Per the 2016 ACC/AHA guidelines on dual antiplatelet therapy for patients with coronary artery disease, “PPIs should be used in patients with a history of prior gastrointestinal bleeding treated with DAPT (Class I). In patients with increased risk of gastrointestinal bleeding, including those with advanced age and those with concomitant use of warfarin, steroids, or nonsteroidal anti-inflammatory drugs, use of PPIs is reasonable (Class IIa). Routine use of PPIs is not recommended for patients at low risk of gastrointestinal bleeding (Class III: No Benefit)”5 This and other guidelines base their recommendations on this 2008 guideline published in Circulation:6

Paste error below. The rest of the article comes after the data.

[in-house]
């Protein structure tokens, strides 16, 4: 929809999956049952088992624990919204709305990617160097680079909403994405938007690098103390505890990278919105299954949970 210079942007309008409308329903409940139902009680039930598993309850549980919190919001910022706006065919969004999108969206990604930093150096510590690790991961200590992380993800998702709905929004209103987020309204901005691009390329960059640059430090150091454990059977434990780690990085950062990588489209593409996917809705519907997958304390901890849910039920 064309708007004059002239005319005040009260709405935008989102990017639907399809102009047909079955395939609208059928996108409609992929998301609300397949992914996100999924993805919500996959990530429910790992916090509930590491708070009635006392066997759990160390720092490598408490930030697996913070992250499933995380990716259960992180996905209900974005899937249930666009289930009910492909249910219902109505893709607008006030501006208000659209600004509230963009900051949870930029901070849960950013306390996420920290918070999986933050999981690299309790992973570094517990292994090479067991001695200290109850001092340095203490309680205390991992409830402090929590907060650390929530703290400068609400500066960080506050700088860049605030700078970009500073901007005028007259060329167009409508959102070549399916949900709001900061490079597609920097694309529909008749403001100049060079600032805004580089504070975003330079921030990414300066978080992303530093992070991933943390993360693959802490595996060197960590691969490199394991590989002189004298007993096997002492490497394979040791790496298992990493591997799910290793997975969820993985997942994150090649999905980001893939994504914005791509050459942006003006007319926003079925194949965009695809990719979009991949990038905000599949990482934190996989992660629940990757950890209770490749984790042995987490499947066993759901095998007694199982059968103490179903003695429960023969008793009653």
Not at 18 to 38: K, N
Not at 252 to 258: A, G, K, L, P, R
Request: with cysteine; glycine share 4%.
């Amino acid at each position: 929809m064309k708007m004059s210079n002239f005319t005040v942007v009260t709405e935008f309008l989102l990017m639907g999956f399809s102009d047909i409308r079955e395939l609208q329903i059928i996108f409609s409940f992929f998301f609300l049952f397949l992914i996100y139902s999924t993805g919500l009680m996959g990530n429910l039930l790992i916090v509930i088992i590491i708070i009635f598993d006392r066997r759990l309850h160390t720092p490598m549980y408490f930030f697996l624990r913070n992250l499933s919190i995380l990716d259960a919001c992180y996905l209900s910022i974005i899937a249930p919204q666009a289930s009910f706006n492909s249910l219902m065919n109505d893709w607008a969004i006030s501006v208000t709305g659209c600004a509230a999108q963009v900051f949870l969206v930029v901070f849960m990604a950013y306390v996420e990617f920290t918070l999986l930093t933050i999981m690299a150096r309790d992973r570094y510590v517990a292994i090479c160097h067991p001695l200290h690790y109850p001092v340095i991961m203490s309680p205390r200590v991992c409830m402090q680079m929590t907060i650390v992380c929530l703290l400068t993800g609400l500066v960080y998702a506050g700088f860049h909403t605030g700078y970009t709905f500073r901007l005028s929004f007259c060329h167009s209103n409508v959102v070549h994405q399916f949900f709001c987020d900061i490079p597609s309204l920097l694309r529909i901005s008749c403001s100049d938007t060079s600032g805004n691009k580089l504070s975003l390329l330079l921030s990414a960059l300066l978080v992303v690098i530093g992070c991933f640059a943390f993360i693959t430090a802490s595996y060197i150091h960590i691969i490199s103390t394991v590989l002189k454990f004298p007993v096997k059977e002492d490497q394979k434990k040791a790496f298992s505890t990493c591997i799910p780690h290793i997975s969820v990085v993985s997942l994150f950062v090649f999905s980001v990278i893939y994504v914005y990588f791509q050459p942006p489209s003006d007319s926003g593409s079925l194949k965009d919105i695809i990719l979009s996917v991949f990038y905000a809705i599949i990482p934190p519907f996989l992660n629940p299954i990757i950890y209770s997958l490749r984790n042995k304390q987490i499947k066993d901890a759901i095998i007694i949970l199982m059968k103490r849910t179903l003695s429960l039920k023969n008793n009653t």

Regarding clopidogrel use specifically, the recommendations reference is a 2010 study published in NEJM.7 In this study, the trial was terminated prematurely due to the sponsor losing financing, but enrolled 3873 of the intended 5000 patients. All patients were on clopidogrel and aspirin, and were randomized to get omeprazole versus placebo. Gastrointestinal event rate was 1.1% with omeprazole with 2.9% with placebo t 180 days (hazard ratio 0.34 with omeprazole, 95% CI 0.18 to 0.63, p< 0.001). No significance difference in cardiovascular events or serious adverse events. They concluded that “Among patients receiving aspirin and clopidogrel, prophylactic use of a PPI reduced the rate of upper gastrointestinal bleeding. There was no apparent cardiovascular interaction between clopidogrel and omeprazole, but our results do not rule out a clinically meaningful difference in cardiovascular events due to use of a PPI.“